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Public Statements

Committee Leaders Question EPA's Management of RIN Fraud

Press Release

By:
Date:
Location: Washington, DC

The Energy and Commerce Committee is continuing its investigation into the Environmental Protection Agency's administration of the Renewable Fuel Standards Program. Under the program, EPA has discovered an increasing number of transactions made with fraudulent Renewable Identification Numbers. This problem has yet to be resolved and has actually grown worse. Full Chairman Fred Upton (R-MI), Oversight and Investigations Subcommittee Chairman Cliff Stearns (R-FL), Energy and Power Subcommittee Chairman Ed Whitfield (R-KY), and Rep. Michael C. Burgess, M.D. (R-TX) wrote to EPA Administrator Lisa Jackson today requesting an update on the agency's efforts to combat RIN fraud.

In the letter to Jackson, the committee leaders wrote, "Unfortunately, the production of and trade in fraudulent or invalid RINs has developed into a large and growing problem. And EPA's efforts to address the problem so far appear ineffective, and in some respects have harmed the renewable fuels marketplace.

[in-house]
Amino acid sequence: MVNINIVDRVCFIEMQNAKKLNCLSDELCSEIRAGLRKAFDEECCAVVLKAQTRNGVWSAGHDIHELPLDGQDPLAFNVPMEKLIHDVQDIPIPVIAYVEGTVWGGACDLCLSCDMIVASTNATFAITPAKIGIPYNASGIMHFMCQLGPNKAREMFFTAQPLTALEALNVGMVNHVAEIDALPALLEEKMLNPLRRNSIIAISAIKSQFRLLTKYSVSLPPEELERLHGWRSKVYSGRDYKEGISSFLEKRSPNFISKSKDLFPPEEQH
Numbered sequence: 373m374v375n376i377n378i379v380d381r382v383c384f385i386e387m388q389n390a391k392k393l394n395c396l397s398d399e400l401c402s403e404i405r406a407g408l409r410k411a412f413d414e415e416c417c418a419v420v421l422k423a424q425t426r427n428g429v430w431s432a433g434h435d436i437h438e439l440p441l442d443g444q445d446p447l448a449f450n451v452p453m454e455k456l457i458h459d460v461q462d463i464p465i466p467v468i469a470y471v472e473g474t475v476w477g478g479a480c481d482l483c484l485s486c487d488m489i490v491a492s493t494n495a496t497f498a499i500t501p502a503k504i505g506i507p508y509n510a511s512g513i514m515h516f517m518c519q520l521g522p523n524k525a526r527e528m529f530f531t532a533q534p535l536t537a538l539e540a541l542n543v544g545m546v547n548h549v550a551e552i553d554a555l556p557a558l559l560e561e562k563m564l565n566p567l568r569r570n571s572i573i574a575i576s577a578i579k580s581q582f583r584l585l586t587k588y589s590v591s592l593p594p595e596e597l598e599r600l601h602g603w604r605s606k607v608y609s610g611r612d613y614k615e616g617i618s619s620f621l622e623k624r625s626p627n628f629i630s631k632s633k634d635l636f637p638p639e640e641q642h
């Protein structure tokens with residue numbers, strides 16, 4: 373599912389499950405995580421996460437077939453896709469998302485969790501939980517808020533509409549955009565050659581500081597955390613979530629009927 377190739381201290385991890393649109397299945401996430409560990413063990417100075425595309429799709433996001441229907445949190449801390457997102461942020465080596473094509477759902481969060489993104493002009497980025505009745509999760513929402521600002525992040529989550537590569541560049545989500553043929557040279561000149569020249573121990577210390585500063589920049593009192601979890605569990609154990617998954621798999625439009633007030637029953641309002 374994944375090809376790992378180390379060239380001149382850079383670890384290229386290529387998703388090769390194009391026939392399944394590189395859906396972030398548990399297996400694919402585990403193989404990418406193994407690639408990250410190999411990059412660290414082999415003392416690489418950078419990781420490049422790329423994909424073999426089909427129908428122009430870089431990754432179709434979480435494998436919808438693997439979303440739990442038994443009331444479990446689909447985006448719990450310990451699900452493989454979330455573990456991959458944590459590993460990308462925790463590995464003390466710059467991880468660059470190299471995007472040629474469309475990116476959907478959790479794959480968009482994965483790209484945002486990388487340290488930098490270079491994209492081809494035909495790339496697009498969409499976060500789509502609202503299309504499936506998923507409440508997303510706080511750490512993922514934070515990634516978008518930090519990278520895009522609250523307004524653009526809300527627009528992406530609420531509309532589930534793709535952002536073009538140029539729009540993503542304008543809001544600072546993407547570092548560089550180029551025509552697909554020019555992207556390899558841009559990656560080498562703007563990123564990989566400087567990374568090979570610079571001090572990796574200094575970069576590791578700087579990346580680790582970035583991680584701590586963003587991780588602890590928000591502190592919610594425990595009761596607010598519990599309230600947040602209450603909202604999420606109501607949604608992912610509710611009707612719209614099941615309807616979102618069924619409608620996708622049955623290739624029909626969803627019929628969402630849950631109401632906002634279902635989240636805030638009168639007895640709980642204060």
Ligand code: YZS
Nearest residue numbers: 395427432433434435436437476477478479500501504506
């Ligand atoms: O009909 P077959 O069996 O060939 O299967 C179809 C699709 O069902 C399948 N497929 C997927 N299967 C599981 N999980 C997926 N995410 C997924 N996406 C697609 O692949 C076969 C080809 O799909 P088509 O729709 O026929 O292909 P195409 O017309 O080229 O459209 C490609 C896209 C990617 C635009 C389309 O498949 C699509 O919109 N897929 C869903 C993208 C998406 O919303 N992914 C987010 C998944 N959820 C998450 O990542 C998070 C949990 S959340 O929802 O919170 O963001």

"Since the Committee's February 3, 2012 letter and EPA's February 23, 2012 response, there have been further troubling developments which have intensified the Committee's concerns. For example, the number of biodiesel RINs that EPA has now publicly identified as invalid has increased from approximately 80 million to nearly 140 million, with credible sources indicating to Committee investigators that the number could double in the coming months. However, it does not appear that the EPA has taken any steps to actually solve the problem."

The leaders are concerned EPA's negligence has compounded the problem by inserting more uncertainty into the marketplace and placing undue burdens on small businesses. They wrote, "This uncertainty is particularly devastating to smaller producers and market participants, as the "obligated parties' who must purchase the RINs back away from all but the largest and most well-known producers. This, in turn, has drastically distorted pricing in the RIN marketplace, making RINs more expensive and driving up costs for the "obligated parties.'"

Members are requesting EPA provide the committee with detailed information and documents related to the agency's management of RIN fraud.


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